Subsequently, a much larger volume of fractured rock, perhaps 1 mile (1-2 kilometers) across, compacted, causing the mountain to subside to about 1.5 feet (0.5 meters) lower than before the blast…
  • geoffwgeoffw Posts: 1,586
    North Korea's nuclear teat facility.
    We gotta wean them off it.
  • geoffwgeoffw Posts: 1,586
    Mt. Mantap is the nuclear teat facility!
  • Pro_RataPro_Rata Posts: 837
    Reposted on this thread
    Pro_Rata said:

    HYUFD said:

    The Education Policy Institute has recently undertaken some very good research into grammar schools:

    https://epi.org.uk/publications-and-research/11-plus-access-grammar-schools/

    https://epi.org.uk/publications-and-research/grammar-schools-social-mobility/

    https://epi.org.uk/publications-and-research/grammar-schools-social-mobility-analysis-policy-options/

    This suggests that expanding existing grammar schools is more likely to adversely impact non grammar school pupils in those areas than setting up a new grammar school in a region where there are no grammar schools.

    Certainly we could do with a few more grammar schools in seaside coastal towns and working class industrial areas
    This is the nub for me. Any expansion of Grammar schools needs to retain a grammar / comprehensive style system rather than expanding too far and heralding the de facto return of the secondary modern: I am favourably inclined to grammars, but opposed to secondary moderns. I am also open to specialisation at 14 as an alternative, but that is a much more fundamental reform.

    If going down the grammar route though, I would require LEAs to provide between around 3-6% of age 11 places at grammars, and refuse expansion in LEAs already over that limit. I might consider a slightly higher limit at age 13/14, and permit transfers in at that point.
  • TGOHFTGOHF Posts: 18,077
    A graph of Corbyn's poll rating as best PM would suggest we have seen "peak best PM rating in polling" for Corbyn.
  • David_EvershedDavid_Evershed Posts: 5,305
    Rexel56 said:

    Rexel56 said:

    Can someone explain the problem that Grammar Schools are intended to solve?

    Middle Class parents want to avoid paying school fees for Tarquin and Jemima.
    That’s one view... any others?
    To improve social mobility by providing a route for the clever children of poor parents to receive a good education, achieve strong exam results, go to a Russel University and thence get a top job.
  • Rexel56Rexel56 Posts: 616

    Rexel56 said:

    Rexel56 said:

    Can someone explain the problem that Grammar Schools are intended to solve?

    Middle Class parents want to avoid paying school fees for Tarquin and Jemima.
    That’s one view... any others?
    To improve social mobility by providing a route for the clever children of poor parents to receive a good education, achieve strong exam results, go to a Russel University and thence get a top job.
    I see, so non-selective schools would not be required to provide a good education then?
  • NigelbNigelb Posts: 6,667
    geoffw said:

    North Korea's nuclear teat facility.
    We gotta wean them off it.

    Excellent.
    I have all the best typos...
  • rottenboroughrottenborough Posts: 15,885
    Scott_P said:
    Oh FFS. Farage in House of Commons for DUP? Is there no end to the madness...
  • NigelbNigelb Posts: 6,667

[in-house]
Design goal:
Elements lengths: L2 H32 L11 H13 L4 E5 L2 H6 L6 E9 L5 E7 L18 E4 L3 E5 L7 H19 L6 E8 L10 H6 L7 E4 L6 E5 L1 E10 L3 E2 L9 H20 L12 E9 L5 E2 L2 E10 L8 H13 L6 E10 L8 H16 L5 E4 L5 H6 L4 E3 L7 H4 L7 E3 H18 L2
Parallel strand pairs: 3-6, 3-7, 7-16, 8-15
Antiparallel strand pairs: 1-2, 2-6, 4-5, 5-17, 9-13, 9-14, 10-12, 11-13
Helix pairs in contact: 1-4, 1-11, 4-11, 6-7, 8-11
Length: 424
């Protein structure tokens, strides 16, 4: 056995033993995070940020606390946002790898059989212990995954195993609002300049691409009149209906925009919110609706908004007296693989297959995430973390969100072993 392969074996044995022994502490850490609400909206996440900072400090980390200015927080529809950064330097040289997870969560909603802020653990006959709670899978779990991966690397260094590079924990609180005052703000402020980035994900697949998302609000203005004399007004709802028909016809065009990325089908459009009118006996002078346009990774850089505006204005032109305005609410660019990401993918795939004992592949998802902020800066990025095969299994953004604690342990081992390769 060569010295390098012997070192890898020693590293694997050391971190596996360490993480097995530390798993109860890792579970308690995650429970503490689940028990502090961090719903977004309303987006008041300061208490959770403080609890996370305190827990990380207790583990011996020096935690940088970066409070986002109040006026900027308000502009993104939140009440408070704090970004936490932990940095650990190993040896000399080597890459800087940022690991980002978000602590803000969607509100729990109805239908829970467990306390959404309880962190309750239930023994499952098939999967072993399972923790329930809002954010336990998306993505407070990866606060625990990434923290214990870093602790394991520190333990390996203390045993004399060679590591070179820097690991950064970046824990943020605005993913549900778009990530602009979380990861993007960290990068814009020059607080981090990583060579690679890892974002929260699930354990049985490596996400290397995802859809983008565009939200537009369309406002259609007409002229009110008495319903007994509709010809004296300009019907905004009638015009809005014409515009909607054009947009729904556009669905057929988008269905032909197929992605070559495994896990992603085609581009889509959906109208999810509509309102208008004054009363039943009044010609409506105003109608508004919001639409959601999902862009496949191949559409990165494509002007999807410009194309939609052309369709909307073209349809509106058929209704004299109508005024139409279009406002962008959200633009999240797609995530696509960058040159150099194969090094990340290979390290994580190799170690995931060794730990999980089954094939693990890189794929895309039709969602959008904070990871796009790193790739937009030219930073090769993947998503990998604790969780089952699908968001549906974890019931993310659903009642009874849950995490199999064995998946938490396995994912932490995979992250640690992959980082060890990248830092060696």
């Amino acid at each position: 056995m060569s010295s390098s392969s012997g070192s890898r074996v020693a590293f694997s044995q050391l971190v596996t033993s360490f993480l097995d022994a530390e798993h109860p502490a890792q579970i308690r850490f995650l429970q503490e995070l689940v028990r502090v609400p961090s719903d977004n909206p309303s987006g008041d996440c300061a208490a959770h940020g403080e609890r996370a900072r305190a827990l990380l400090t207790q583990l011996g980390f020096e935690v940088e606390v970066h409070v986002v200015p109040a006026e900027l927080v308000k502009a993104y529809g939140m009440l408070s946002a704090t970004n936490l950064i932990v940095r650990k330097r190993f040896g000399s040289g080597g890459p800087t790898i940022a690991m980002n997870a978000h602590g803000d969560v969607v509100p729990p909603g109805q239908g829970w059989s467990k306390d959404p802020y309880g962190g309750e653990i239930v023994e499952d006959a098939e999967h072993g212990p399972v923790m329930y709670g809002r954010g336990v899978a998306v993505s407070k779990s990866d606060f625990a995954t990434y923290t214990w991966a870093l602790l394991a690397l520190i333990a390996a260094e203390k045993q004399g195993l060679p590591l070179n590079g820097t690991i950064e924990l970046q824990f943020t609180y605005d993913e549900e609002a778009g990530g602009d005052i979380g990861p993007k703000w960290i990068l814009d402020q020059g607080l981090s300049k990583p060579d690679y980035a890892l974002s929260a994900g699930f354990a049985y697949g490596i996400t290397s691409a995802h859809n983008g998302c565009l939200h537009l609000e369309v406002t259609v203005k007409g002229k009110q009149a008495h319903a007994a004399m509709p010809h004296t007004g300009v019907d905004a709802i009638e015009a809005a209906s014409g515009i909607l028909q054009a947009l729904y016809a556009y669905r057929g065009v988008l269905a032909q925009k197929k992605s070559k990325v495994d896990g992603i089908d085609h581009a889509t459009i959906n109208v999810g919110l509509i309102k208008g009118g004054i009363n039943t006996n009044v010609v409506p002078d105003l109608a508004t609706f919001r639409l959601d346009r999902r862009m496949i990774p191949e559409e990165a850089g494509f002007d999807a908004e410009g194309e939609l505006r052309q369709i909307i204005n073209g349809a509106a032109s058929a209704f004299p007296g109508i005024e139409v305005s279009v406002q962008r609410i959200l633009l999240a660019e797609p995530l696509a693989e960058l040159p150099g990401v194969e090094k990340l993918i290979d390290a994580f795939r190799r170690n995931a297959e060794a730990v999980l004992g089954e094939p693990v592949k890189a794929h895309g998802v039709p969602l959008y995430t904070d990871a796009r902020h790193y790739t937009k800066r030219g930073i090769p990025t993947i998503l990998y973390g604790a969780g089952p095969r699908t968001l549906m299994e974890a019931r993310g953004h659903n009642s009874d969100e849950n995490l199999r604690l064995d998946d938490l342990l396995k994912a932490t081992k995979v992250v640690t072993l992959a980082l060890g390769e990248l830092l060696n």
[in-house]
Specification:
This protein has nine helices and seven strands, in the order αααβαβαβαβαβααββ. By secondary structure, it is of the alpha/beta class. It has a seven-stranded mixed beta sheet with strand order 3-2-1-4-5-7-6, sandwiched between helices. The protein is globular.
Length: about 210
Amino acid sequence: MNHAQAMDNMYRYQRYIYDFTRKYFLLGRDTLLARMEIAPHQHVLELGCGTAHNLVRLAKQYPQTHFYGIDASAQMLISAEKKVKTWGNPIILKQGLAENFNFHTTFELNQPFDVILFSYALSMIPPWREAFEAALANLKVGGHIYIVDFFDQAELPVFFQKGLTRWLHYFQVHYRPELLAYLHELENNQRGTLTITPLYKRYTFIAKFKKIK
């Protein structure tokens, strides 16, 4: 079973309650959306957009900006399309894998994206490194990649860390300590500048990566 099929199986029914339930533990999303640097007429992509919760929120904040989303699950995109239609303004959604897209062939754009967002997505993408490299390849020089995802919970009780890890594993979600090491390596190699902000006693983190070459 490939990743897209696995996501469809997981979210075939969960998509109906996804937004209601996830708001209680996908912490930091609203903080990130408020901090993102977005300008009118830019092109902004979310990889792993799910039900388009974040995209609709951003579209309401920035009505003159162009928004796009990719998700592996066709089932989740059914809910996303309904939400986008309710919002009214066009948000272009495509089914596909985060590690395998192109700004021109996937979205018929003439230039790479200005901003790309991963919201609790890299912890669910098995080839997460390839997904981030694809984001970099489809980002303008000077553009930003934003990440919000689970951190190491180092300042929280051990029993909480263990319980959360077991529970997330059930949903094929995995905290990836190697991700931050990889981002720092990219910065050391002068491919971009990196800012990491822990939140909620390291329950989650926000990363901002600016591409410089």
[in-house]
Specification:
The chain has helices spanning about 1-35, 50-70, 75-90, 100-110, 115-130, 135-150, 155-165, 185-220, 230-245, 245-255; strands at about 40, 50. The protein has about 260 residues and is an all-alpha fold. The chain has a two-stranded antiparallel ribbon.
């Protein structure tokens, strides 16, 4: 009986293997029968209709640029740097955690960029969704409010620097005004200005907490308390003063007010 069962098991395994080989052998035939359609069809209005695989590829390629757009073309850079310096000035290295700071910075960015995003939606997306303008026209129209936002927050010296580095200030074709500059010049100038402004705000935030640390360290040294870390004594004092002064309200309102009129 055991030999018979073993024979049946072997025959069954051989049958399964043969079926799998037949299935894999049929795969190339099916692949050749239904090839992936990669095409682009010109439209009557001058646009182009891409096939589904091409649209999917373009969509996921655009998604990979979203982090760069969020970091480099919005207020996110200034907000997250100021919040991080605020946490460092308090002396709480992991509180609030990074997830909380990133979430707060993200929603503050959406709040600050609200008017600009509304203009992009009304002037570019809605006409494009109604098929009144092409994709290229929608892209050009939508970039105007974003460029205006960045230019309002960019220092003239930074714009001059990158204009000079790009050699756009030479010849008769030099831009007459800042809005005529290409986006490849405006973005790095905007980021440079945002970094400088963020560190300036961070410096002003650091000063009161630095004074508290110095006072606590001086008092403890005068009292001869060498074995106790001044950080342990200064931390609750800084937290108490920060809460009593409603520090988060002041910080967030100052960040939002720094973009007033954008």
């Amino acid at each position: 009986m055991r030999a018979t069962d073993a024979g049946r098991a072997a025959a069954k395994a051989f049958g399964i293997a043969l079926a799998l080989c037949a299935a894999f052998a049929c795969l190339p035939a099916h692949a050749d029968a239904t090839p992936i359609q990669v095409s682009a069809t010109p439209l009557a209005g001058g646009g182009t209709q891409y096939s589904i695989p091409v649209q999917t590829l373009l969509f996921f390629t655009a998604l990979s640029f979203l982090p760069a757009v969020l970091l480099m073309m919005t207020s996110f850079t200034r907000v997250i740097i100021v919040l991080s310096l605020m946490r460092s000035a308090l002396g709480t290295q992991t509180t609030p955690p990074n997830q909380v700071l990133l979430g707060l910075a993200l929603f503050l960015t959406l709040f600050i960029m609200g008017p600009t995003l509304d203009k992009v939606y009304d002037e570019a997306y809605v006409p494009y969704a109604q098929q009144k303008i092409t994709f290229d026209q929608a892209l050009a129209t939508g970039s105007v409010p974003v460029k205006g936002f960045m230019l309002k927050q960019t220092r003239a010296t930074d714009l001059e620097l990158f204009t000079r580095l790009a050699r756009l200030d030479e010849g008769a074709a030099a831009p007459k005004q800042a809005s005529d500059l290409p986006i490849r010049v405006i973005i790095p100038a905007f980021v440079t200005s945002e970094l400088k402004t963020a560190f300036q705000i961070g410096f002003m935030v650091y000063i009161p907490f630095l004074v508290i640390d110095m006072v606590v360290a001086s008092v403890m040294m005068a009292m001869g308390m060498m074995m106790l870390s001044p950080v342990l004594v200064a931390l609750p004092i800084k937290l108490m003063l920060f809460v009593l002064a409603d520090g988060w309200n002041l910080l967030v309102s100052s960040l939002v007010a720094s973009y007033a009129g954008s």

A couple of days late, but RIP Anne V. Coates, a remarkable film editor - and argument in favour of nepotism (she was the niece of J. Arthur Rank, who found her first job..):

    https://www.washingtonpost.com/local/obituaries/anne-v-coates-oscar-winning-film-editor-of-lawrence-of-arabia-dies-at-92/2018/05/09/4941a71a-539e-11e8-abd8-265bd07a9859_story.html?
    While making “Out of Sight,” she became friends with the film’s star, George Clooney, telling him her job was “saving an actor’s performance.”

    “George thought that was funny,” Ms. Coates told the Los Angeles Times. “Jennifer Lopez, who was the female lead, came by and George said, ‘This is the editor, Anne Coates, who is going to save your performance.’ Jennifer did not think it was funny.”…
  • FoxyFoxy Posts: 3,425
    HYUFD said:

    Rexel56 said:

    HYUFD said:

    Rexel56 said:

    Can someone explain the problem that Grammar Schools are intended to solve?

    The majority of our top professions are dominated by the privately educated?
    In which case, increasing Grammar School provision will have no effect... unless you’re suggesting that the sons and daughters of top professionals could go to Grammar School rather than private school and still follow in the parent’s footsteps...
    A bit of that certainly but a bright but poor child is more likely to get into a top profession and top university from a grammar school than any comprehensive school bar the most outstanding
    Except that poor but bright kids are far less likely to get into Grammar school in the first place.

    It is a primary school that Poor but bright kids fall behind the well off but dim, and the latter that get into Grammar school ahead of them. See the first graph in this report:


    https://www.kingsfund.org.uk/projects/time-think-differently/trends-broader-determinants-health-early-childhood-development
  • SandyRentoolSandyRentool Posts: 6,470

    Rexel56 said:

    Rexel56 said:

    Can someone explain the problem that Grammar Schools are intended to solve?

    Middle Class parents want to avoid paying school fees for Tarquin and Jemima.
    That’s one view... any others?
    To improve social mobility by providing a route for the clever children of poor parents to receive a good education, achieve strong exam results, go to a Russel University and thence get a top job.